Developing effective management skills to deal with specific challenges and problems of an organisation is vital to any business and organisation in a global competitive environment where technology changes rapidly. Ivancevich and Matteson (2002) stated that in today’s competitive world, the effective company is typically the one that provides customers with quality products and services. Developing effective skills in dealing with specific challenges in order to compete effectively and to achieve a set goal is the aim of every successful organisation all over the world today. An online dictionary (businessdictionary.com) describes an “organisation as a social unit of people, systematically structured and managed to meet a need or to pursue collective goals on a continuing basis. All organisations have a management structure that determines relationships between functions and positions, and subdivides and delegates roles, responsibilities, and authority to carry out defined tasks. Organisations are open systems in that they affect and are affected by the environment beyond their boundaries”. All organisations have some function to perform and there are different types of organisations including multinational, financial institutions, national companies, government and non-governmental organisations, profit and not-for-profit organisations etc. Ivancevich and Matteson (2002) stressed that an effective organisation is one that is able to translate quality improvement into results: more-satisfied customers, a more-involved workforce, better-designed products, and more creative approaches to solving problems. Having said this, implementing a strategy effectively is a key driver of financial performance, and organisations that fail to fully engage their workforce in the business strategy will fail to produce reliable, sustainable business results. Financial performance, retention and an organisation's ability to attract talent are also very vital. According to Mullins (2010), all organisations have their own individual character, culture and sense of identity and differ in attributes, processes and methods of working. He posits that despite the differences, there are at least four common factors in any organisation: people, objectives, structure and management. Based on this assumption, one can rightly say an organisation’s culture can be determined by the quality and effectiveness of their manager, his leadership skills, organisation structure, resources, staff productivity, and, ultimately success or failure of the organisation. A manager should have the ability to direct, supervise, encourage, inspire, and co-ordinate, and in doing so facilitate action and guide change. Organisational and communications skills and qualities such as integrity, honesty, courage, commitment, sincerity, passion, determination, compassion and sensitivity are all important in leadership. (Field 2002) stated that evaluating the organisation’s members trust and motivation is very essential because these are the major forces that drive any individuals to achieve desired results. We can see that while leadership skills are important, organisations need to motivate employees because employees are likely to be more productive and creative if motivated. There are several factors that organisations need to take into account to ensure effective management. In this essay attempt will be made to discuss some of the key factors effecting organisational management. Some of the key factors that will be discussed are Organisational Culture, Leadership Styles, Organisational Ethics, Knowledge and Change Management, and Information and Communication Technology.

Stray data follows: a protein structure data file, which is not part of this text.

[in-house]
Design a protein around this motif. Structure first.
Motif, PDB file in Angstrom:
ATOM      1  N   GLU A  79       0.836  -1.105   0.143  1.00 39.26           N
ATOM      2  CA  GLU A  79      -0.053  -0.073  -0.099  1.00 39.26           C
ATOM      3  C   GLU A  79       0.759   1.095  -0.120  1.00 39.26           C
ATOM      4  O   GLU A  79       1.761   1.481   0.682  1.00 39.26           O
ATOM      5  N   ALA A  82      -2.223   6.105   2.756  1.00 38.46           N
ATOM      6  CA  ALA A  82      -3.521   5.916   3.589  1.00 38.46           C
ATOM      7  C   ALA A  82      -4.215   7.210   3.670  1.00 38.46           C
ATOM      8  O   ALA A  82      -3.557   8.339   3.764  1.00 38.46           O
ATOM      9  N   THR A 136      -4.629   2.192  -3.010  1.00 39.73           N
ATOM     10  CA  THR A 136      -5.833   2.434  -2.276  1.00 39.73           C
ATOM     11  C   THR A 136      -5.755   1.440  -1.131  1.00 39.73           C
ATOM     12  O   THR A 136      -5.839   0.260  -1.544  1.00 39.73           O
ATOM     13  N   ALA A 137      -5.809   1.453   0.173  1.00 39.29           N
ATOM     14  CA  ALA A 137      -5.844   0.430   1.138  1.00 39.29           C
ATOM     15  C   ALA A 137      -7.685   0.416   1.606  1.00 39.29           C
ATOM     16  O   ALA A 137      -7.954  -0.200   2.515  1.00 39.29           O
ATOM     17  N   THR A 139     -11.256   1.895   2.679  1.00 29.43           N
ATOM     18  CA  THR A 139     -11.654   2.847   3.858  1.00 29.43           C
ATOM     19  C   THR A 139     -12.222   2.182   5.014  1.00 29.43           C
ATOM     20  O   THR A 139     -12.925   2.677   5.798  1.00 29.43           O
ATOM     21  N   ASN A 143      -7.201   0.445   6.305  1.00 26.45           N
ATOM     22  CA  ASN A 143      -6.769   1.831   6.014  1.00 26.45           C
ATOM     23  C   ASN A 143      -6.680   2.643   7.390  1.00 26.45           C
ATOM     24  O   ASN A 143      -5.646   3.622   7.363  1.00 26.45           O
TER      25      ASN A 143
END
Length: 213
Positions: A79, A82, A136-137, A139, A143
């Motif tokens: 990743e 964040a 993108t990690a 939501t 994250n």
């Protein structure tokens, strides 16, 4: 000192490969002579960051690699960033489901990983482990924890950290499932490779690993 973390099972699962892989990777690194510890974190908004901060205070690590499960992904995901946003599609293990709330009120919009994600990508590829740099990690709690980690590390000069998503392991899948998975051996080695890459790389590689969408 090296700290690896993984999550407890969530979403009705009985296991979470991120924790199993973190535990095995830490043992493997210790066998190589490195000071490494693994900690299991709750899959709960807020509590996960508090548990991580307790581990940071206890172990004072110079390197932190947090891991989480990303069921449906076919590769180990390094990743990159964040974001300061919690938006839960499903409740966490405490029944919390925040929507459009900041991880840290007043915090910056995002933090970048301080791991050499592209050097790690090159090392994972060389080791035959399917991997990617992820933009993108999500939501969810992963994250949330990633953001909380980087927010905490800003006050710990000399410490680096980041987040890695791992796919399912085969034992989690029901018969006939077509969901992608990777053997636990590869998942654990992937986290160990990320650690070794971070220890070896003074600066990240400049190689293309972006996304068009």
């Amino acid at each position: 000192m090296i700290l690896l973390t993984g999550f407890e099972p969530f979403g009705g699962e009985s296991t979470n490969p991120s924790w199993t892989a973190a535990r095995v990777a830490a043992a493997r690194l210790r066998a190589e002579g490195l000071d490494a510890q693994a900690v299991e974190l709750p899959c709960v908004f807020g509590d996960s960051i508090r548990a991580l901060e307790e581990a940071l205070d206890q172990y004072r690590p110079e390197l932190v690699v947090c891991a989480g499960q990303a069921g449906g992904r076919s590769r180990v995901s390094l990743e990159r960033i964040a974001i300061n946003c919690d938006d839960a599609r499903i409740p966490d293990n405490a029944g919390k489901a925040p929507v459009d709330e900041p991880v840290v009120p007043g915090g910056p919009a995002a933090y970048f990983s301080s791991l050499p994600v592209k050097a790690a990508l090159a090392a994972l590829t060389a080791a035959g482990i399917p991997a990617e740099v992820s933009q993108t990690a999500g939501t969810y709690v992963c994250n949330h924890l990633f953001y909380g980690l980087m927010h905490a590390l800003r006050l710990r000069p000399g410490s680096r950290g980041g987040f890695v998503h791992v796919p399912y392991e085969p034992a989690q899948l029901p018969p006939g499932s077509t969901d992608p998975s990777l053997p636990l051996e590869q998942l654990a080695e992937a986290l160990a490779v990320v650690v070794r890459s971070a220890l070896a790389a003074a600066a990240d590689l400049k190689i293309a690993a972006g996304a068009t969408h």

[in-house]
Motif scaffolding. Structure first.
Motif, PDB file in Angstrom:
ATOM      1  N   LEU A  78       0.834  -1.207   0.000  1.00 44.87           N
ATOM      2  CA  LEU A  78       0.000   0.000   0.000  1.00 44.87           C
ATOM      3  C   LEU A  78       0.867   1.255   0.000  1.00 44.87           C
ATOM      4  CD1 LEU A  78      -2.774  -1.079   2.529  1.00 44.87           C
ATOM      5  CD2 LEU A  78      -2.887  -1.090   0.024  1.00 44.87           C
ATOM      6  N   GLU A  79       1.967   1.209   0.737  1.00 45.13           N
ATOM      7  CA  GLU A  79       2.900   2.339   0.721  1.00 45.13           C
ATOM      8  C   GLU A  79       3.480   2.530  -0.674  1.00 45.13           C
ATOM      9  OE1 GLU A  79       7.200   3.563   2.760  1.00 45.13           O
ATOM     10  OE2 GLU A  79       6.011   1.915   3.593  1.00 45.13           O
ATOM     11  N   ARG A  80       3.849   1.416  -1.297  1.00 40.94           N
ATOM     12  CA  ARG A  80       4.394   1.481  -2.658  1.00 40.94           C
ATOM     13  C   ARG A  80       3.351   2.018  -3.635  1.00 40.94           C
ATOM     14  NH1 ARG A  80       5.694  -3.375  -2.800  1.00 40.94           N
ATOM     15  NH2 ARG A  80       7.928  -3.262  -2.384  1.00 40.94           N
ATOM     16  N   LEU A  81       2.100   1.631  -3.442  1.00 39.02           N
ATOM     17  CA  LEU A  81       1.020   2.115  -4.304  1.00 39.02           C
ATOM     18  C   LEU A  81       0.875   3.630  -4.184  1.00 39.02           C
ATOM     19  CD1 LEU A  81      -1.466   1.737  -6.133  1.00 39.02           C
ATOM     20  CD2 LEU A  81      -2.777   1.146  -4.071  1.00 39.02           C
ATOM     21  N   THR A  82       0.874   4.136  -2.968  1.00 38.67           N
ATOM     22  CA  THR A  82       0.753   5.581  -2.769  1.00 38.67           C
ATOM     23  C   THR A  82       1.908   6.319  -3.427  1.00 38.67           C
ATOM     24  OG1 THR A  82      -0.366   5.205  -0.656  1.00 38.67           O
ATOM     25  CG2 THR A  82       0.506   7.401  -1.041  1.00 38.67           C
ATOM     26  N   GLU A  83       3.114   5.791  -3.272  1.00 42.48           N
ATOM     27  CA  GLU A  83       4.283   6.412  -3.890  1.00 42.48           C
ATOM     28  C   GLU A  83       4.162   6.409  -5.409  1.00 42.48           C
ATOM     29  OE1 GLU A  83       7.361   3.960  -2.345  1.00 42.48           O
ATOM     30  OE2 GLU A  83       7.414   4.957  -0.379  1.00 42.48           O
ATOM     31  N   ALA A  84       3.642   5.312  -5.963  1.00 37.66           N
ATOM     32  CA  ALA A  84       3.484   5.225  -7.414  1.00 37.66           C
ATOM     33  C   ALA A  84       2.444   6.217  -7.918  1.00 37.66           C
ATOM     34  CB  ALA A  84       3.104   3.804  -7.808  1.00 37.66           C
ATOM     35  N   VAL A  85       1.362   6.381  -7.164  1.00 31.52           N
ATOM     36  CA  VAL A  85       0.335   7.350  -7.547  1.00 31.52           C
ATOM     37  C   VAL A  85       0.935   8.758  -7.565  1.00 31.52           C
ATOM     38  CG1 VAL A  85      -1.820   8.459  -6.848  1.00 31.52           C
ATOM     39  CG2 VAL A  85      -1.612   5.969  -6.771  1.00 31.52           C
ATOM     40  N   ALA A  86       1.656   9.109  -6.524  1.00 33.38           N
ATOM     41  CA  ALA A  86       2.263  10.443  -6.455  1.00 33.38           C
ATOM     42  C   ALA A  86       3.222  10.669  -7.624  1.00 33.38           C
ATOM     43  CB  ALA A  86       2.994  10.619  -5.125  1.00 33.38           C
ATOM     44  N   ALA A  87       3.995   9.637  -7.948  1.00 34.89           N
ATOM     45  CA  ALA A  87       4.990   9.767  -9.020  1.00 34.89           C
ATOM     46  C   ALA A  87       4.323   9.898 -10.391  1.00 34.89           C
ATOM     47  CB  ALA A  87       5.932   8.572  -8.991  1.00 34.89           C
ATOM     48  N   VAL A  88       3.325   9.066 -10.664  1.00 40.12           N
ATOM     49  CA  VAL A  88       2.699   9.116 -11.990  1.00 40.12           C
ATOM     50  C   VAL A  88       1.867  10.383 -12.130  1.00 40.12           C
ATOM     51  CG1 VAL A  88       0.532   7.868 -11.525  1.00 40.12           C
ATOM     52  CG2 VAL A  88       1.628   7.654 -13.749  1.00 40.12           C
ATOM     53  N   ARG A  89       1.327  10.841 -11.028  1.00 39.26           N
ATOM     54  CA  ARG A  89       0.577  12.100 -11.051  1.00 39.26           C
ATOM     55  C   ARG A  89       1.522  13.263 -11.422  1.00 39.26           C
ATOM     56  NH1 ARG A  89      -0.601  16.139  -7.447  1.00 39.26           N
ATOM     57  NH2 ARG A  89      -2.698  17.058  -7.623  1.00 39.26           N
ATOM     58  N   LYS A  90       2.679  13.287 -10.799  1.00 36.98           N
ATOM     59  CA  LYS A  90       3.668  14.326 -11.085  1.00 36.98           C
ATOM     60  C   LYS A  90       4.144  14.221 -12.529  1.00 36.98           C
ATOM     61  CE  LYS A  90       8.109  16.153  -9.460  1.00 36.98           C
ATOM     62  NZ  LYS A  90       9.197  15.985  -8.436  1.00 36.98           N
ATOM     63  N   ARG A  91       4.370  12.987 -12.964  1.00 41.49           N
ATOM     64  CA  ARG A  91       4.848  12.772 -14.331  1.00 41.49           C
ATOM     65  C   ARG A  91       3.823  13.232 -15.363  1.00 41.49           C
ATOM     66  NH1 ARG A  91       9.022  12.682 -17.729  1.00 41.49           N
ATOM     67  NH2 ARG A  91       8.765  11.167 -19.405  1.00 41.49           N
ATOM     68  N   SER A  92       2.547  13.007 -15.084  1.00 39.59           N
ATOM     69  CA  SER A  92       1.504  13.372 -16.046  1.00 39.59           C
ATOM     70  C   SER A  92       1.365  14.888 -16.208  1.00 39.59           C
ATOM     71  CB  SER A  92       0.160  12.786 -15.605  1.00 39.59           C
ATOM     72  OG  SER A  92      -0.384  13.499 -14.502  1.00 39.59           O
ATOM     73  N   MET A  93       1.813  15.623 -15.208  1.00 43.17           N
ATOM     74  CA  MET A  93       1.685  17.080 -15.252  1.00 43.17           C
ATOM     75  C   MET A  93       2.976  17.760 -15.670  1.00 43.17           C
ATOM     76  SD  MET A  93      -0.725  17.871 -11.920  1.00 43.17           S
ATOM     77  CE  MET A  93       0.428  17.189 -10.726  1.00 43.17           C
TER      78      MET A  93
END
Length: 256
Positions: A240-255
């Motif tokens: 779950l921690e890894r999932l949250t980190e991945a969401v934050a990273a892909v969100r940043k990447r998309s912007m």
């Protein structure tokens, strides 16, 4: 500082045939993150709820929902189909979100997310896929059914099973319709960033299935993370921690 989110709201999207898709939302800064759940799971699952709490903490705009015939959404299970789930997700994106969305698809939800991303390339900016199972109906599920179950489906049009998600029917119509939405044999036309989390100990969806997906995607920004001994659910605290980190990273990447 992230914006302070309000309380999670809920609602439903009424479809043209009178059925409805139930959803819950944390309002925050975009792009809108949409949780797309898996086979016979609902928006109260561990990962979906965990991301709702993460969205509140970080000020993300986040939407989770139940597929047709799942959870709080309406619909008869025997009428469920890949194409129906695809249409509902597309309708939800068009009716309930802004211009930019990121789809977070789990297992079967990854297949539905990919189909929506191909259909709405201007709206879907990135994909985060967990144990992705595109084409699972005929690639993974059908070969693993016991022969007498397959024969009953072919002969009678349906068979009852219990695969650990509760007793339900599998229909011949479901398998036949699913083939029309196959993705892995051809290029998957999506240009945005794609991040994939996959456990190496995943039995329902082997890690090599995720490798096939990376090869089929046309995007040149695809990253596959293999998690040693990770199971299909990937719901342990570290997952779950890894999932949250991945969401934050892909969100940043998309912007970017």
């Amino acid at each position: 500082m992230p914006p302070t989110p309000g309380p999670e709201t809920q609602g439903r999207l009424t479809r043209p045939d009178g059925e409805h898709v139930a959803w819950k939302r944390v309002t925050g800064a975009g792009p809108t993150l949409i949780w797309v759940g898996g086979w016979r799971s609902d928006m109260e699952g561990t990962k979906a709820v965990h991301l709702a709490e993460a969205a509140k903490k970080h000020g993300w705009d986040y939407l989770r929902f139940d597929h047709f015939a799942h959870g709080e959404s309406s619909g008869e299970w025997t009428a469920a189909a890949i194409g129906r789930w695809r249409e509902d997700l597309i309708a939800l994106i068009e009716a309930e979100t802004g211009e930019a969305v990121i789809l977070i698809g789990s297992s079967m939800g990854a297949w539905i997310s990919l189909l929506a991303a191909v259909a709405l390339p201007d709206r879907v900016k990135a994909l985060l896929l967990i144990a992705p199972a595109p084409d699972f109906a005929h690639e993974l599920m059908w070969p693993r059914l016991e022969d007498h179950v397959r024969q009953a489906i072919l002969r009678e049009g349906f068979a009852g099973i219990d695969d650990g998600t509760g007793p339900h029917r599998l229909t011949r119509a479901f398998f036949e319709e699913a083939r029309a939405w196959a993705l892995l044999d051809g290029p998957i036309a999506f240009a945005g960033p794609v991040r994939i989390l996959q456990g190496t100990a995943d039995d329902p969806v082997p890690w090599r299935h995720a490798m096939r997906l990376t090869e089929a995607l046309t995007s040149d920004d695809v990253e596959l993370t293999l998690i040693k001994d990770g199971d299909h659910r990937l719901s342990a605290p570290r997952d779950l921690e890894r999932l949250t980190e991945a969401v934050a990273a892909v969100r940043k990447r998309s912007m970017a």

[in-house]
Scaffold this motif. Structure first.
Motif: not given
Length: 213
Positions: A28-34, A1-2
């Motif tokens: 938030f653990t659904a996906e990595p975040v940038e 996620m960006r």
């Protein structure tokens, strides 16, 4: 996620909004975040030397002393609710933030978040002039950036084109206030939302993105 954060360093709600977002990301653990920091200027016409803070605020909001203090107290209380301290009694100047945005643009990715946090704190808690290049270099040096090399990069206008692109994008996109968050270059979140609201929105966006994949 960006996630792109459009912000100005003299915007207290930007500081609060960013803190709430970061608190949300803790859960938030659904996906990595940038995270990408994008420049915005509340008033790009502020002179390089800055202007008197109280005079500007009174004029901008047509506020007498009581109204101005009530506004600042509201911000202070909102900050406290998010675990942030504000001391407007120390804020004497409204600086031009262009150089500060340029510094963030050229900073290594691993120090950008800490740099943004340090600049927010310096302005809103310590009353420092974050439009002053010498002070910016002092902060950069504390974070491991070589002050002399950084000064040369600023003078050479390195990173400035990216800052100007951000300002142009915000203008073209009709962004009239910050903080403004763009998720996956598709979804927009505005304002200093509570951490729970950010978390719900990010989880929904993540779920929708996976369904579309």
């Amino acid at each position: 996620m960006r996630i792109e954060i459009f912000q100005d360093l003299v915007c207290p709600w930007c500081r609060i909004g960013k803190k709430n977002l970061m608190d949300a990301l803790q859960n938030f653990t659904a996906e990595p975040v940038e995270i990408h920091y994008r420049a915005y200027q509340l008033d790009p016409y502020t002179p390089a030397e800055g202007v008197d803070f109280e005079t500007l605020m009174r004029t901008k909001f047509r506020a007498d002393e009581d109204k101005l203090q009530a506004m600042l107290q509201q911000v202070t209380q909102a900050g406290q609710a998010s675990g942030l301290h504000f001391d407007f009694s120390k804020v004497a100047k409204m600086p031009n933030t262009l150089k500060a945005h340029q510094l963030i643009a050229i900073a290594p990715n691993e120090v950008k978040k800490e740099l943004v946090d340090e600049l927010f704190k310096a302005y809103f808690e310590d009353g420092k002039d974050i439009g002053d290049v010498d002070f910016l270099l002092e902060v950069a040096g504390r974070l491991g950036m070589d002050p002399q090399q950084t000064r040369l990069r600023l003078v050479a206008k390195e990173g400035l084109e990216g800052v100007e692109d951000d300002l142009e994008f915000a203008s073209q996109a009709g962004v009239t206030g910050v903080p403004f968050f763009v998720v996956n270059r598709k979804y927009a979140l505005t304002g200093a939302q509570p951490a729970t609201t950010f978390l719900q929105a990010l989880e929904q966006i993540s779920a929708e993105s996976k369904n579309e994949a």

Culture may be defined as the sum total of the beliefs, knowledge, attitudes of mind and customs to which people are exposed in their social conditioning. Through contact with a particular culture, individuals learn a language, acquire values and learn habits of...
Please join StudyMode to read the full document